Monday, October 12, 2009
I'm completely pissed that this song is coming out just as the band it taking a "break," because this song is made to fill arenas. The second chorus in I was rocking out in my headphones and singing along. It has a great chorus, a very full sound, and it's really good. It doesn't hurt that megalomaniac is one of my favorite words. Tell me you can listen to this without bobbing your head and rocking your shoulders and letting the sound just take over. I want to scream along to this in a huge crowd. I love the way Patrick plays with the word megalomaniac in the chorus. Fall Out Boy knows how to make the songs that will get us to sing and live and move and feel.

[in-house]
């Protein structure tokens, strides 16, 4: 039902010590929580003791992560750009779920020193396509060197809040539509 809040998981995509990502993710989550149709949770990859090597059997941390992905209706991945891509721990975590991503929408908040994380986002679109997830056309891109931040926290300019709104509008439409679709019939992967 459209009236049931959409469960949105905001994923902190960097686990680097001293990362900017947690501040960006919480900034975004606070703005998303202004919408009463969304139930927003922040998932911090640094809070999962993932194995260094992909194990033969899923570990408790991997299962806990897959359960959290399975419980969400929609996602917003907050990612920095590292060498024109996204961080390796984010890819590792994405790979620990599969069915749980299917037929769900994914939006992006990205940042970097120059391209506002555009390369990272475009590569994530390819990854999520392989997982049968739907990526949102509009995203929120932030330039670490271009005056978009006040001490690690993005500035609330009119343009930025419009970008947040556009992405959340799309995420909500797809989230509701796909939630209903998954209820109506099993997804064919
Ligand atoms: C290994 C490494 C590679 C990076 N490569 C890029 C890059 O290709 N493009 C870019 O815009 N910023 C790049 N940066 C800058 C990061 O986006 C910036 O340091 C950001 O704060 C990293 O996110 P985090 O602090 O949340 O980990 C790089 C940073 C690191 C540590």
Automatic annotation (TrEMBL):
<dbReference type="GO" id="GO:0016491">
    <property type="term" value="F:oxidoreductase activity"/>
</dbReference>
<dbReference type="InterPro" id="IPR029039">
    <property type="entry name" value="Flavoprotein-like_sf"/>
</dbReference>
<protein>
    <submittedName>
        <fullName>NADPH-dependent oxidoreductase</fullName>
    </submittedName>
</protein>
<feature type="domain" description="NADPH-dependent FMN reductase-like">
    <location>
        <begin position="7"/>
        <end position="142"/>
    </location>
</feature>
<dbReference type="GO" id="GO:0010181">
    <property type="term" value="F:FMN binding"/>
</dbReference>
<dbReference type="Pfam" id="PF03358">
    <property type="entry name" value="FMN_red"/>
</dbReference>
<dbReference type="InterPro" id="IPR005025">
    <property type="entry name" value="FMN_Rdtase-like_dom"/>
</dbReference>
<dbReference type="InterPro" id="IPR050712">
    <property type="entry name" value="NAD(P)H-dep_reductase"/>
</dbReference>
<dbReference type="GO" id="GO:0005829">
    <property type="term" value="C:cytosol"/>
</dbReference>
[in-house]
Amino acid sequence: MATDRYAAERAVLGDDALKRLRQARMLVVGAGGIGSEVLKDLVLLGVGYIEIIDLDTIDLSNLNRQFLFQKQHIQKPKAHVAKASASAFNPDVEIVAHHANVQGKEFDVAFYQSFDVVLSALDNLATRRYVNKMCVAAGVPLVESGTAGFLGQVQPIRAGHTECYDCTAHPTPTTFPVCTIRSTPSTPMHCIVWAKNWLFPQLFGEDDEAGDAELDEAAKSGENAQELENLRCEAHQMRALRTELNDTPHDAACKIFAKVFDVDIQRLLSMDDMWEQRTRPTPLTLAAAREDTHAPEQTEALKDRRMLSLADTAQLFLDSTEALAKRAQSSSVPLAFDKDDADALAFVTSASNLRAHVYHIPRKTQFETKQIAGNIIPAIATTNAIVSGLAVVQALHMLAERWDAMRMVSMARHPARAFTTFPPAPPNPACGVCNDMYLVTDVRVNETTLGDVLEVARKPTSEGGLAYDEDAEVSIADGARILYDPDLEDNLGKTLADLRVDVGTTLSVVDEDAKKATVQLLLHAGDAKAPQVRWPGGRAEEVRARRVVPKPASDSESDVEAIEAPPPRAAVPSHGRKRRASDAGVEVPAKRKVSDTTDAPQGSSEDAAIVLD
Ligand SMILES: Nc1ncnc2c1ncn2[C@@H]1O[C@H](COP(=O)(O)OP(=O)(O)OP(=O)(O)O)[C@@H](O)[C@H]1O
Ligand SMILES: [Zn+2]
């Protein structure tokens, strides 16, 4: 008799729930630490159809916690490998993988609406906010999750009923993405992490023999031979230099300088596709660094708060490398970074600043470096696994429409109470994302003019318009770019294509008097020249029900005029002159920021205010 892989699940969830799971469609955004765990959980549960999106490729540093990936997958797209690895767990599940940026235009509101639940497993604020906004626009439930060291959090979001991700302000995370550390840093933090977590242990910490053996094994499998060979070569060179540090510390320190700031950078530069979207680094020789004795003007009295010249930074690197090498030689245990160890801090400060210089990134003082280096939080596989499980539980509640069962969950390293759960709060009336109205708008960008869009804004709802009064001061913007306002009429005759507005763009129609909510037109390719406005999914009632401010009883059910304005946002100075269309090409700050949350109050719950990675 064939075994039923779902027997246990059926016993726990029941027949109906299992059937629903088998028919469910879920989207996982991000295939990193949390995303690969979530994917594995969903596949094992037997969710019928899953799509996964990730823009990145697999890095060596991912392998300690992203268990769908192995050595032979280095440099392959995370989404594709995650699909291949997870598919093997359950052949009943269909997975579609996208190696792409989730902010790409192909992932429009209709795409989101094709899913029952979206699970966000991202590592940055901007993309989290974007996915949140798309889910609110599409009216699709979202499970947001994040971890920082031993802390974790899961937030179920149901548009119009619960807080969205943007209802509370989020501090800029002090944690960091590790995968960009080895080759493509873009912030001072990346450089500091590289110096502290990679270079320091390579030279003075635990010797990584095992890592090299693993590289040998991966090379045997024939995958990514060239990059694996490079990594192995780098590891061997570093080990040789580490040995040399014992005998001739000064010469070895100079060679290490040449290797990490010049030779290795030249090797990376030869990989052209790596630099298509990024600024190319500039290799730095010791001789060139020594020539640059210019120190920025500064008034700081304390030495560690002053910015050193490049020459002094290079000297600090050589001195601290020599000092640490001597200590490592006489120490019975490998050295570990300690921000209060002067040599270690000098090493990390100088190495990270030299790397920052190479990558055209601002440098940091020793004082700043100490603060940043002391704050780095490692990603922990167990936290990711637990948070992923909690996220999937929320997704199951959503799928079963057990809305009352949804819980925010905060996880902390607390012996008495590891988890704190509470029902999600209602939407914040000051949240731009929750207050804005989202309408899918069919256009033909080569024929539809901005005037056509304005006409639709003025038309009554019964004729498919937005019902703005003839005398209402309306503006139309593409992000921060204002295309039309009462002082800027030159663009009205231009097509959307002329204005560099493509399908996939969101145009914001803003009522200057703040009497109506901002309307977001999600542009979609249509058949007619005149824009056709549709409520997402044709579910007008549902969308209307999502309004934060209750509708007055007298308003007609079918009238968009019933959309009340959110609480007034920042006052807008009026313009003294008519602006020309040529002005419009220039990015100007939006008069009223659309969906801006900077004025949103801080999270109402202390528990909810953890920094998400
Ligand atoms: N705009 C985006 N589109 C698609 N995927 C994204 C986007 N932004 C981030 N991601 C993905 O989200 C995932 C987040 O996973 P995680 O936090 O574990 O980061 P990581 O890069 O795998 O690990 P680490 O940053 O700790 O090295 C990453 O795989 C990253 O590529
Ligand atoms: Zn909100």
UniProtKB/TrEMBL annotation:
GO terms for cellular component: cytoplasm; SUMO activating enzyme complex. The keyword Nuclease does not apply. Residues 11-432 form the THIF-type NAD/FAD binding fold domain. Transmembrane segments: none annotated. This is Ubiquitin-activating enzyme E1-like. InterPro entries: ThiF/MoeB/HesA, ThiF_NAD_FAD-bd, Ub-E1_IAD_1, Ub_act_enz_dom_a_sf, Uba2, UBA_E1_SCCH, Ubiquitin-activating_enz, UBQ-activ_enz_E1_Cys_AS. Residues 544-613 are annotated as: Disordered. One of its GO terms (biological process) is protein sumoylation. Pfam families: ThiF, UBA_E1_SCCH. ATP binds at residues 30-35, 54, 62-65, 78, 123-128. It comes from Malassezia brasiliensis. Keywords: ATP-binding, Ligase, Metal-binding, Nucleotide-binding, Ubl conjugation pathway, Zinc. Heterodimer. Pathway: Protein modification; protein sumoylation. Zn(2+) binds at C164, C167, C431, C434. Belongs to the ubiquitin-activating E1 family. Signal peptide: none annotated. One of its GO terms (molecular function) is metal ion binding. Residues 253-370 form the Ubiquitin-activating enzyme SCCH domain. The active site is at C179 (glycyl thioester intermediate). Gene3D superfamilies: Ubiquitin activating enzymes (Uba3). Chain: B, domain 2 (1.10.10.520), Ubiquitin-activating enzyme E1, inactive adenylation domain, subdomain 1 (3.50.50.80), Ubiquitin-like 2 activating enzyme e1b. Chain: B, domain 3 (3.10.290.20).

I was prepared to make some disparaging, critical comments about this, "It's good, but..." and I just can't. It is an honestly good song. No buts.
"You're not the first or the last, but you're possibly the prettiest."
Saturday, October 10, 2009
Monday, October 5, 2009
I’ve been trying to go to a Lights concert for about a year now, but something always came up. One concert was the night before a huge midterm. I was ready and leaving to go to another one when a family friend’s father went into the hospital and I went instead to babysit her son. Then Warped Tour this summer Lights played in my hometown, but I was running chemosensory tests on fruit flies.
So I was positive that something was going to prevent me from going last night. Lightning was going to strike. My car was going to die. I was going to get swine flu. But nothing happened and finally, I got to see Lights!